The bladder snail’s shell is shaped like an egg with a pointy tip. It does not have the operculum, or trap door, that allows other snails to protect themselves from predators. There are 4 to 5 whorls on the average bladder snail shell, and the thin shell is translucent.
The bladder snail’s mantle is colorful and has yellow-orange spots.
Bladder snails are voracious eaters and are constantly snacking. And they are not picky eaters, either. They are omnivorous and will eat the parts of plants, diatoms (algae), meat, insects, and vegetables that are dying and decaying. They will also eat leftover fish and shrimp food, as well as any other debris and waste in your tank.
With such a healthy and varied appetite, these bladder snails seem like the perfect addition to your tank’s biome. And they are, but if they get too much to eat, you run the risk of a bladder snail infestation. (More about that later.)
Bladder snails are not interested in your healthy aquarium plants – they will eat anything decaying on your plant; they are like tiny landscapers for your tank.
Habitat and Tank Conditions
Bladder snails are able to thrive and resist death in even the worst of conditions. Most of the conversation here revolves around how to control the number of bladder snails in your tank.
Bladder snails show a preference for slow-moving, warm water, and are not daunted by dirty water. Remember, bladder snails graze on algae, decaying plants, and fish waste, so dirty water is actually a food source for them.
Bladder snails can survive in both hard and soft water, and in varying levels of pH. In fact, in the wild, they endure sewer life, so they’ll do just fine in the comfort and safety of your controlled tank.
They also flourish in a wide range of comfortable temperatures and can reproduce in waters from 59-86 degrees F. However, the bladder snail does see overall better reproductive rates in cooler water and is somewhat compromised at the higher range.
One study* showed that in lower (59 degrees F) temperatures, bladder snails reached sexual maturity later (at 34 days), and had a high reproductive rate, with about 115.6 eggs during the time studied, whereas at higher temperatures (82 degrees F), bladder snails reached sexual maturity much earlier (at 18 days), and had a lower reproductive rate, with about 24.6 eggs during the time studied.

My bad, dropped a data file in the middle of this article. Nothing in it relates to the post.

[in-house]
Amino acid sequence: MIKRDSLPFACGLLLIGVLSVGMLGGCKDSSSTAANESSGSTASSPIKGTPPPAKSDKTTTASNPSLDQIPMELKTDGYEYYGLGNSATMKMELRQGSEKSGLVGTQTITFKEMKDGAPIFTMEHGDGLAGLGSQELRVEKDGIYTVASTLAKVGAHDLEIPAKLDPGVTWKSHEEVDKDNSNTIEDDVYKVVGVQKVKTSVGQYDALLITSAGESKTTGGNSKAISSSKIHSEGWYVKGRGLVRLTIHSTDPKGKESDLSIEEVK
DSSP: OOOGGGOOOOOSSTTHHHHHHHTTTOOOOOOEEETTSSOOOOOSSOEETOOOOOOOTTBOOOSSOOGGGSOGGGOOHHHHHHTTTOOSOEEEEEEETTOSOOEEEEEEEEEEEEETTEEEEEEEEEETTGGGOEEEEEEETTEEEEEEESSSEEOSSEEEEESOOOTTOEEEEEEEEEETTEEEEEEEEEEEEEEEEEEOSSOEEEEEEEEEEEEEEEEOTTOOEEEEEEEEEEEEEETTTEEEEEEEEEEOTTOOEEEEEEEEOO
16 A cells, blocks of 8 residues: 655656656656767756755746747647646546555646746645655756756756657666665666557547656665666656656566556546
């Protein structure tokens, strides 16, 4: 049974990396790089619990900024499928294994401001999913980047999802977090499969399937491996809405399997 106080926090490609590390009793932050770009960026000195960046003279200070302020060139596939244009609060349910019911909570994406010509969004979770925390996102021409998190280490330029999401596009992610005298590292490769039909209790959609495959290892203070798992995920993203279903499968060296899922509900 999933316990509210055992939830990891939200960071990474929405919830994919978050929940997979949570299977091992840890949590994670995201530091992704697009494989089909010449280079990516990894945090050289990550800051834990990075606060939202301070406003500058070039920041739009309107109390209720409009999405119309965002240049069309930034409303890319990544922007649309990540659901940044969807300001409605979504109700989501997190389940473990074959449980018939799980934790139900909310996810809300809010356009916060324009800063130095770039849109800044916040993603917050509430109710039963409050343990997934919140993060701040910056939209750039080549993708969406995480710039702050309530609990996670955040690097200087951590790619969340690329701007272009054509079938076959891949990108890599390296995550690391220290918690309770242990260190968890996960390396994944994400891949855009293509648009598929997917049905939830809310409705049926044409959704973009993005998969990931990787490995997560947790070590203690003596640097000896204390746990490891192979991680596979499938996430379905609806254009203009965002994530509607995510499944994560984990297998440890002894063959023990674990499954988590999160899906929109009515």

Further contrasts can be seen with the lifespan and size of the bladder snail offspring. The snails bred in the 59 degrees F water lived an average of 403 days and had an average length of .24 inches. The bladder snails bred in the 82 degrees F water, on the other hand, lived an average of 87 days and had an average length of .18 inches. The cooler water offspring lived longer and grew larger than hotter water offspring.
What Size Aquarium Do They Need?
Bladder snails do not have a tank minimum or maximum requirement; they are going to grow and reproduce pretty much anywhere. Any tank size considerations will be for the fish you’ll be housing in your aquarium.
It would, however, be reasonable to deduce that a smaller tank with more and larger fish would more quickly produce the water and waste conditions that would encourage increased bladder snail populations.
Calcium is necessary for the growth of the bladder snail’s shell. If your tank is a low-calcium environment, the bladder snail will have limited growth and reproductive rates, and their survival will be threatened.
If you are hoping to use bladder snails to clean your aquarium, you can add cuttlefish bones or eggshells to your tank.
Freshly hatched bladder snails have soft shells and will immediately start looking for sources of calcium to harden their shells.